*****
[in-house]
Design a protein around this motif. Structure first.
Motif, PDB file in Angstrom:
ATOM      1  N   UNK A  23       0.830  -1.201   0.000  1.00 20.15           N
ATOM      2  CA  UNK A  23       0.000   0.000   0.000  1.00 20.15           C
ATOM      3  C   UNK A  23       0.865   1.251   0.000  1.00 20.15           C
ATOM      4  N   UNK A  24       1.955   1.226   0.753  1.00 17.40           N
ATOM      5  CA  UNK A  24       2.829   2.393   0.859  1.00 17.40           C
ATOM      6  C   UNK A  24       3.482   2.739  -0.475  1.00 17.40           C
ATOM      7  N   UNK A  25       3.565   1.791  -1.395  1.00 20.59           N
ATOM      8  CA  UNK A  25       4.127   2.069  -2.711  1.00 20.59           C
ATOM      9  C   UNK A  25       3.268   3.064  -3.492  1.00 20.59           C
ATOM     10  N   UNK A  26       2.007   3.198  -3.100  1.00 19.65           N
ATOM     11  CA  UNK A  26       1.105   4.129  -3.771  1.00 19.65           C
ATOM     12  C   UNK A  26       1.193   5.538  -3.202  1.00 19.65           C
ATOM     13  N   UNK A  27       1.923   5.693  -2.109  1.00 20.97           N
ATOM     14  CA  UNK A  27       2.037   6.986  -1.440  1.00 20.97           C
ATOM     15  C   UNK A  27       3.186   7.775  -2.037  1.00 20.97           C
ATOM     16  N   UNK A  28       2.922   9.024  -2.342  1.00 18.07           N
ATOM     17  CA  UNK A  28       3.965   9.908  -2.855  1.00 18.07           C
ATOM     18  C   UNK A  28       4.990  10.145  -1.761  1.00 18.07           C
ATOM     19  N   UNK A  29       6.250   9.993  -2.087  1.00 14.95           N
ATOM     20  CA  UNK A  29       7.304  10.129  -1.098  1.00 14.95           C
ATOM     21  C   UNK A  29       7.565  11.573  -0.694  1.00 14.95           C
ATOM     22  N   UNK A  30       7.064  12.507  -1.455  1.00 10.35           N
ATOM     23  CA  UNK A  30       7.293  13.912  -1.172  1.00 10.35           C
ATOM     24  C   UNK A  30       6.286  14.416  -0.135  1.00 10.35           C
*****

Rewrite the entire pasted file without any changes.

[in-house]
Design a protein around this motif. Structure first.
Motif, PDB file in Angstrom:
ATOM      1  N   UNK A  23       0.830  -1.201   0.000  1.00 20.15           N
ATOM      2  CA  UNK A  23       0.000   0.000   0.000  1.00 20.15           C
ATOM      3  C   UNK A  23       0.865   1.251   0.000  1.00 20.15           C
ATOM      4  N   UNK A  24       1.955   1.226   0.753  1.00 17.40           N
ATOM      5  CA  UNK A  24       2.829   2.393   0.859  1.00 17.40           C
ATOM      6  C   UNK A  24       3.482   2.739  -0.475  1.00 17.40           C
ATOM      7  N   UNK A  25       3.565   1.791  -1.395  1.00 20.59           N
ATOM      8  CA  UNK A  25       4.127   2.069  -2.711  1.00 20.59           C
ATOM      9  C   UNK A  25       3.268   3.064  -3.492  1.00 20.59           C
ATOM     10  N   UNK A  26       2.007   3.198  -3.100  1.00 19.65           N
ATOM     11  CA  UNK A  26       1.105   4.129  -3.771  1.00 19.65           C
ATOM     12  C   UNK A  26       1.193   5.538  -3.202  1.00 19.65           C
ATOM     13  N   UNK A  27       1.923   5.693  -2.109  1.00 20.97           N
ATOM     14  CA  UNK A  27       2.037   6.986  -1.440  1.00 20.97           C
ATOM     15  C   UNK A  27       3.186   7.775  -2.037  1.00 20.97           C
ATOM     16  N   UNK A  28       2.922   9.024  -2.342  1.00 18.07           N
ATOM     17  CA  UNK A  28       3.965   9.908  -2.855  1.00 18.07           C
ATOM     18  C   UNK A  28       4.990  10.145  -1.761  1.00 18.07           C
ATOM     19  N   UNK A  29       6.250   9.993  -2.087  1.00 14.95           N
ATOM     20  CA  UNK A  29       7.304  10.129  -1.098  1.00 14.95           C
ATOM     21  C   UNK A  29       7.565  11.573  -0.694  1.00 14.95           C
ATOM     22  N   UNK A  30       7.064  12.507  -1.455  1.00 10.35           N
ATOM     23  CA  UNK A  30       7.293  13.912  -1.172  1.00 10.35           C
ATOM     24  C   UNK A  30       6.286  14.416  -0.135  1.00 10.35           C